The ways in which we show love are ever-evolving.

The Ache stays same.

The rest of my life

Yesterday afternoon I poured myself some champagne, flat from being open since New Year’s Day, and celebrated life.

Monday was the first day of the rest of my life.

Have you ever had that feeling?

For the first time a week passed much like I envisioned when, last spring, I wrote an outline of how I would ideally spend my days.  Time with family, time alone, time to write on this blog (or at least think about it), time doing a job I like, time interviewing for a job I love.  (And no time changing diapers–not part of the plan but important still.)  I’d been anticipating this particular week since mid-December, and although there was one piece missing, I’m optimistic we’ll get there.

Watching portions of the Mom is in Control Telesummit I was struck by the messages of some of the speakers.

Live life by design not by default.

True self-care is fulfillment not pleasure.

True self-care is lighting up not numbing out.

How many times have I said I became a stay-at-home mom by default?  And many times have I gone to Target alone in a pleasurably hollow effort to care for myself?  And how many times has logging on to Facebook to promote my doula business or my NOCIRC chapter, both fulfilling endeavors, morphed into using Facebook to numb myself?

Shamefully too many.

Change is slow.

Glacially so at times.

But greeting the first day of the rest of your life at long last is thrilling.

I must drink champagne more often.  It may not always be bubbly, but life is always worth celebrating.

Melting Points

Through three months of 24 hour a day co-parenting, I watched an emotional balance scale on which my husband and I rode.

In the beginning, my side was heavily weighted.  His rose high above.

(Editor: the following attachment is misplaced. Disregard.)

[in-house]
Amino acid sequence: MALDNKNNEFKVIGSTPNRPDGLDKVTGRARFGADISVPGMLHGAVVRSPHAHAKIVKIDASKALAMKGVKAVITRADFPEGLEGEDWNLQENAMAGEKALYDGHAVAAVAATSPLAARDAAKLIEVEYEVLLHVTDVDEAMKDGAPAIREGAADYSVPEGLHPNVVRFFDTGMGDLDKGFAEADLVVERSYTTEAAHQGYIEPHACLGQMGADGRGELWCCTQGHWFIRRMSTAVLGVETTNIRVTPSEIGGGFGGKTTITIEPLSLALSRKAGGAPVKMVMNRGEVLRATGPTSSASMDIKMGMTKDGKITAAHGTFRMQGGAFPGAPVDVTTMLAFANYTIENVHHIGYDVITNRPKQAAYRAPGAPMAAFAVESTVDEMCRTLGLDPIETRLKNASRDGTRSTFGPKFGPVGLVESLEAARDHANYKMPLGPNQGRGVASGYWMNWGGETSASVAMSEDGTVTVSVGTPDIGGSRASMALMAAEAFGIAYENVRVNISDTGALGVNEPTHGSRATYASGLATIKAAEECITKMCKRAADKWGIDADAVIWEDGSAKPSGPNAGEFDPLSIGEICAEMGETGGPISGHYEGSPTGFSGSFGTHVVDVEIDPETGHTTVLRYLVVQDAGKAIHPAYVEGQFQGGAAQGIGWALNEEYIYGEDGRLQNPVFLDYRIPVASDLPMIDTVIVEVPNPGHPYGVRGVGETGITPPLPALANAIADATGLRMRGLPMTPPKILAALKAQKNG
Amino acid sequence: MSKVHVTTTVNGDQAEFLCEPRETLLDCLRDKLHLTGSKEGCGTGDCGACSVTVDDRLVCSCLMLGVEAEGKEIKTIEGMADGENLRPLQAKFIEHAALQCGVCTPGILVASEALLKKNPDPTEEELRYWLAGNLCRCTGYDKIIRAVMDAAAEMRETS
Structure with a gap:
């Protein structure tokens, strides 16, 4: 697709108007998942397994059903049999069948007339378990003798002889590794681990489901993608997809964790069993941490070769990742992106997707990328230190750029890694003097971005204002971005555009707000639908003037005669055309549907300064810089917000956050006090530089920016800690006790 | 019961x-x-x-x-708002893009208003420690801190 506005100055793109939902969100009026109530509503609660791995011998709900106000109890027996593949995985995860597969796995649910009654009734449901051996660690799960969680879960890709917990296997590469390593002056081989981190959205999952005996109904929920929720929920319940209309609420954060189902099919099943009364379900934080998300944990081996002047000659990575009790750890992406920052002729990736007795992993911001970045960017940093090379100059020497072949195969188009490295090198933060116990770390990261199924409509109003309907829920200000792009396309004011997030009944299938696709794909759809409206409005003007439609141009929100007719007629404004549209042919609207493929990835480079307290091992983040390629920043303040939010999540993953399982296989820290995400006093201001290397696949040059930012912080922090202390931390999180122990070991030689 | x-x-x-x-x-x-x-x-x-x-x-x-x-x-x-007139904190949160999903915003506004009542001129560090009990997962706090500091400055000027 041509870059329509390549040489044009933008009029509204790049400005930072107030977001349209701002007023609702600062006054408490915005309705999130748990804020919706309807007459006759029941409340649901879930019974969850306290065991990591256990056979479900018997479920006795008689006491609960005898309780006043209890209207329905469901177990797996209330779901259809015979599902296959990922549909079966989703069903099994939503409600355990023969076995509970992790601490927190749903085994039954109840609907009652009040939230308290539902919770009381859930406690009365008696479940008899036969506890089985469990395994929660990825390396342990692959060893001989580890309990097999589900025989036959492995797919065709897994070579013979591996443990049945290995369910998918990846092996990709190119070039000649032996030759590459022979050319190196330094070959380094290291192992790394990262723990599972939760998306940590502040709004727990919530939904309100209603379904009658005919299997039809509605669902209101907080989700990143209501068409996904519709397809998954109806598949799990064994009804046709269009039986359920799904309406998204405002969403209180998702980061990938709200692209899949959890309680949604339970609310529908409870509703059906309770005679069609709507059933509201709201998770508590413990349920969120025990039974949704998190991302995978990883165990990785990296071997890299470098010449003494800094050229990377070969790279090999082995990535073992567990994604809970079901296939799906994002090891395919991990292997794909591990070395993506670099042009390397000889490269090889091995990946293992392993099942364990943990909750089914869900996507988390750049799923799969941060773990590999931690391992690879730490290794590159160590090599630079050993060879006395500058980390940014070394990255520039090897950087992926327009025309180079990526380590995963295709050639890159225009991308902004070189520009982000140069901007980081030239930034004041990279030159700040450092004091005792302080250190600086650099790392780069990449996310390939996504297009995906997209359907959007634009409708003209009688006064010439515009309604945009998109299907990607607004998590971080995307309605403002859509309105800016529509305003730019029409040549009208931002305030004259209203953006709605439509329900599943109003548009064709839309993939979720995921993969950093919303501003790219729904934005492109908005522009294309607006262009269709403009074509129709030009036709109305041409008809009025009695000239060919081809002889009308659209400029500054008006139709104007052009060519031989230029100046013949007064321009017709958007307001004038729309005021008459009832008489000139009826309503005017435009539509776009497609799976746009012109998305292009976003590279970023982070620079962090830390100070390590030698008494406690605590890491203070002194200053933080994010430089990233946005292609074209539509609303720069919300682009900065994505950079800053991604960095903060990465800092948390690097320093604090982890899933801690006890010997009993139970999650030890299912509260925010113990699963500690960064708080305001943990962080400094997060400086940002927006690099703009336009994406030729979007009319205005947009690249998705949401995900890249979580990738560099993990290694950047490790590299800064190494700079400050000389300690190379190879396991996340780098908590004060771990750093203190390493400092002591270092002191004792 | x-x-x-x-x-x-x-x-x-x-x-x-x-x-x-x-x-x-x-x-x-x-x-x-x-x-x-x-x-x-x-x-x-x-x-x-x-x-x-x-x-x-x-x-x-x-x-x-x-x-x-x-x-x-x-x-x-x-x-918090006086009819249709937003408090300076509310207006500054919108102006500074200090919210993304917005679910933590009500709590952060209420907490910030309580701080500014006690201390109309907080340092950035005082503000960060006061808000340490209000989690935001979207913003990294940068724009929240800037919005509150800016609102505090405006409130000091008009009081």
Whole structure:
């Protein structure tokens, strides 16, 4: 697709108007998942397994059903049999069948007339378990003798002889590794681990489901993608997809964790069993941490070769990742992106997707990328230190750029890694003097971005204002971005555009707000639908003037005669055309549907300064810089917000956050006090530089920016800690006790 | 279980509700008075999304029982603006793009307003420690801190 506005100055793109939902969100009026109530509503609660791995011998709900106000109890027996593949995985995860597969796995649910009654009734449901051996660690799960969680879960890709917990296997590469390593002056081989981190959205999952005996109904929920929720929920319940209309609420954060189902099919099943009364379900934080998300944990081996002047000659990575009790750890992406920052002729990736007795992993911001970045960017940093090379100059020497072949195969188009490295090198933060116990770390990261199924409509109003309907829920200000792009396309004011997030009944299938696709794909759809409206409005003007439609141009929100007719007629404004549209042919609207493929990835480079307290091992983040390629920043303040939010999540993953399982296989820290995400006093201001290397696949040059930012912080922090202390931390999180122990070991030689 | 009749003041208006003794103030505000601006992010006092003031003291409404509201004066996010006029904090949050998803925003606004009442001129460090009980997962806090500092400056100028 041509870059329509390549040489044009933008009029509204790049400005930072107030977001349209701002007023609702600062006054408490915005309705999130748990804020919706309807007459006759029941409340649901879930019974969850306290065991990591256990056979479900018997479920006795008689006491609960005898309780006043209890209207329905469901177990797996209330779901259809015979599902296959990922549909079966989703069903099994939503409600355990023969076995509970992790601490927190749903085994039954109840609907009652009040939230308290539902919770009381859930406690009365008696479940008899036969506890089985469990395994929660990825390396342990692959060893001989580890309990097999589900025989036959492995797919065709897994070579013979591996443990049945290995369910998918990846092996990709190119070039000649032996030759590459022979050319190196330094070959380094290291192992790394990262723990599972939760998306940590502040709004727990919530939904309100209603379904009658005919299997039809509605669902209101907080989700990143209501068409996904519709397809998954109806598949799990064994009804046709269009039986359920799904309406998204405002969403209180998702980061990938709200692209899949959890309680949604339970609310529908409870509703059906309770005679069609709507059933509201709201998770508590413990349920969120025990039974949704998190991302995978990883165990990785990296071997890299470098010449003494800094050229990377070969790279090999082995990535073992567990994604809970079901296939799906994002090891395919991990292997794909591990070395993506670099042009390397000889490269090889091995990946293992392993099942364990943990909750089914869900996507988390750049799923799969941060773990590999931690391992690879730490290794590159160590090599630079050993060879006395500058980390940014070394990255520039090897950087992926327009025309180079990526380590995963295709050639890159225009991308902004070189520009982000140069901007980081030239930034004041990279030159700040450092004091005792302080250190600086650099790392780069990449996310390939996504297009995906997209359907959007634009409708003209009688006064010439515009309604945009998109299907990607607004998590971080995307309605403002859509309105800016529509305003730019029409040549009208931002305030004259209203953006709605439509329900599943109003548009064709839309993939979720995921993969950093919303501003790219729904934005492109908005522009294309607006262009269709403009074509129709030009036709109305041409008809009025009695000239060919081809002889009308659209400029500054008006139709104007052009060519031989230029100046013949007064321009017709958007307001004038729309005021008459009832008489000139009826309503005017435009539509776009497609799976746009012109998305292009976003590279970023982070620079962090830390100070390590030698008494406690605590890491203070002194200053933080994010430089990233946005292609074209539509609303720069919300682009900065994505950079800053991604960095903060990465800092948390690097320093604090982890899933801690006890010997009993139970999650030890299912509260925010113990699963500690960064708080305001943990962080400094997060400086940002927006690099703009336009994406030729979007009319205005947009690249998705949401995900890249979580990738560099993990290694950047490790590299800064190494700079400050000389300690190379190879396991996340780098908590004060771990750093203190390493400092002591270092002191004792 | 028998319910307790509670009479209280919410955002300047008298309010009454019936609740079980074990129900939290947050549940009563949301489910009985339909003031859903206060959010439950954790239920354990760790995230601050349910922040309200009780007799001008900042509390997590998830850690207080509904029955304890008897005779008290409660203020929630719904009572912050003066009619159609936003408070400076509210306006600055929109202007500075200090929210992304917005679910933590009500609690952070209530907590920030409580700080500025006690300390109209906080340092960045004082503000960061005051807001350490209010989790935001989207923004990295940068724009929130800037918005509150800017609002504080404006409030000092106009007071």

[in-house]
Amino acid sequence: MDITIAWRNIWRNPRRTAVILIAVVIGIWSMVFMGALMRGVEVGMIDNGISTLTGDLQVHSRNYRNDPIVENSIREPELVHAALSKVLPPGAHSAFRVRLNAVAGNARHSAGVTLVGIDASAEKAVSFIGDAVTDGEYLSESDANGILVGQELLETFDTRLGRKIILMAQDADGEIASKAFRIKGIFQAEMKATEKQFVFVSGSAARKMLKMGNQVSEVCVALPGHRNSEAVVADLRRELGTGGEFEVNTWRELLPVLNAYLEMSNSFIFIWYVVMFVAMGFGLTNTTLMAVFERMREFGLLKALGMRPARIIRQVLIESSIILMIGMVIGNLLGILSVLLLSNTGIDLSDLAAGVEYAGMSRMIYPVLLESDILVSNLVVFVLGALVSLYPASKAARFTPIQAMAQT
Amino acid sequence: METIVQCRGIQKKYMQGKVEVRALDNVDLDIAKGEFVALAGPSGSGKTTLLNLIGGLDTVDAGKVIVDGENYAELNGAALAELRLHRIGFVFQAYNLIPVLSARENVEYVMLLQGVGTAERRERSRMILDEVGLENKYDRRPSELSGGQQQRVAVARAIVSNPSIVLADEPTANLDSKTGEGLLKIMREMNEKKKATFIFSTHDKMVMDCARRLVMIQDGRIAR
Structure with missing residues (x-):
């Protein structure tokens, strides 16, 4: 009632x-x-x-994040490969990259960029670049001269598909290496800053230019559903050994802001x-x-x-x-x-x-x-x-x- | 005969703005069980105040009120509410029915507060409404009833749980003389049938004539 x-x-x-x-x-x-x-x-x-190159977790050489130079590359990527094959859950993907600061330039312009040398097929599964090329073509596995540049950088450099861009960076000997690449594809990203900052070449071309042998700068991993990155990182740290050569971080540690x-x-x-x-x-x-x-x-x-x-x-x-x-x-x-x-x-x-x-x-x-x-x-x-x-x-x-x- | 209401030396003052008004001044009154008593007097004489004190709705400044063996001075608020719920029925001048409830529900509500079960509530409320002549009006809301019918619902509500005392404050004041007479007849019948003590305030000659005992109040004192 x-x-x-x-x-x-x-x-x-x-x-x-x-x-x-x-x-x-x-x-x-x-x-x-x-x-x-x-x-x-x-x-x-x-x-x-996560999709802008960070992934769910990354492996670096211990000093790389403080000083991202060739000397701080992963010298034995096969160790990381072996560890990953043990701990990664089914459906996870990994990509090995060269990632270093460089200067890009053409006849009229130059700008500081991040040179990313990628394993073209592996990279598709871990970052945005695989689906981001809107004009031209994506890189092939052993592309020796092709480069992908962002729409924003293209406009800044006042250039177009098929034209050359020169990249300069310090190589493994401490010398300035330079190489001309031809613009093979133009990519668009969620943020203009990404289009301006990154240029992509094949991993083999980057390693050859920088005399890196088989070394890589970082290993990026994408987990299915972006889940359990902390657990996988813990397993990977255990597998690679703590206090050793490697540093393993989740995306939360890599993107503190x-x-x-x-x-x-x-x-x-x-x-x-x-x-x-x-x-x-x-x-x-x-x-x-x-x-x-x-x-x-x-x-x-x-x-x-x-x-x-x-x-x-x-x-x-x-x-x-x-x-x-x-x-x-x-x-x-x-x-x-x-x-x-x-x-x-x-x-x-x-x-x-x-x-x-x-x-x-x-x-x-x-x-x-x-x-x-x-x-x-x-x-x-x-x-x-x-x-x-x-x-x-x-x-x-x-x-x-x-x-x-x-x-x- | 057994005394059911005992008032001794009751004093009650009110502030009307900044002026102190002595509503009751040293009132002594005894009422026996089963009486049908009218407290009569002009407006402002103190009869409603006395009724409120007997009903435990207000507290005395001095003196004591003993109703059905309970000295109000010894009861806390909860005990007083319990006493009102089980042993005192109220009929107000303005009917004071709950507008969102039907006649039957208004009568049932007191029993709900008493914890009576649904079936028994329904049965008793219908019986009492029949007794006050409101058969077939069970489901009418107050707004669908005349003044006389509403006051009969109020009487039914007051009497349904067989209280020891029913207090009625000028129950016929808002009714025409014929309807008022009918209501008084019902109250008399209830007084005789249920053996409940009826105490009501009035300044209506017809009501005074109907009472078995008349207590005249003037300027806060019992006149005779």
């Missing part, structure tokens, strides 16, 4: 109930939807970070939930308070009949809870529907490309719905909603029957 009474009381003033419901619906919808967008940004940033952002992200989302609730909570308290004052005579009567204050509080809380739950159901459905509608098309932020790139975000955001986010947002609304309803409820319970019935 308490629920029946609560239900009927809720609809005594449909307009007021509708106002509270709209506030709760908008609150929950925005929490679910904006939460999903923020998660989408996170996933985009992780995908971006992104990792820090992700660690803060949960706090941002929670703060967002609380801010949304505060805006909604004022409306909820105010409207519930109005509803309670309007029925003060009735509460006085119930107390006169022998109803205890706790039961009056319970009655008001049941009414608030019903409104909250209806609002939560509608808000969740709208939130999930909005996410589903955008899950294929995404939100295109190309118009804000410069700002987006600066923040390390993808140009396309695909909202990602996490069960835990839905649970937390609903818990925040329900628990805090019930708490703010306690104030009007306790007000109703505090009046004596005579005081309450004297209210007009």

Over time I became lighter–more patient, more kind, more content.  Over time he became less patient and less kind.  I was not always patient, mind you, and he was not always unkind, but a shift did occur.

Frustration got the best of me at times.  How can you be so short with the kids when you’ve been home with them for just a few weeks and I’ve been doing this for years?!  It’s not fair!  Not to me.  Not to them.  My expectations were high.  Perhaps unreasonably so.

A co-worker tells me neither he nor his wife could be stay-at-home parents of their two-year-old son.  I think, Why couldn’t you?

A friend tells me I am the strongest person she knows.  I think, If she’s referring to parenting strength, she obviously hasn’t heard of Michelle Duggar.

What I realize is that everyone has different melting points.

I have a high melting point when it comes to breastfeeding through excruciating pain caused by tongue tie.  (Three and a half weeks between two babies.  Like fucking razor blades on my nipples, people.)

But I have a low melting point when it comes to satisfaction with stay-at-home motherhood.

It’s not that my husband intended to short-change me.  It’s not that he hasn’t parented to the best of his ability.

It’s that we have different melting points.

And not just when it comes to parenting.  Physical labor, tedious tasks, essay writing, friendships or lack thereof, housecleaning, dog walking, grocery shopping.  Everything.

As a doula, part of my job is to trust the mother.  Trust that she knows what is best for her and her baby.  Trust that she’ll tell me the truth.  Trust that the choices she makes will take her where she needs to go.

If we apply this attitude to others, if we trust that when they show their melting point it is real, not laziness, not disrespect, not a desire to be anything less than their best, but rather their own unique self doing all they can to navigate the world, then we can empathize.  Then we can be patient.  Then we can be kind.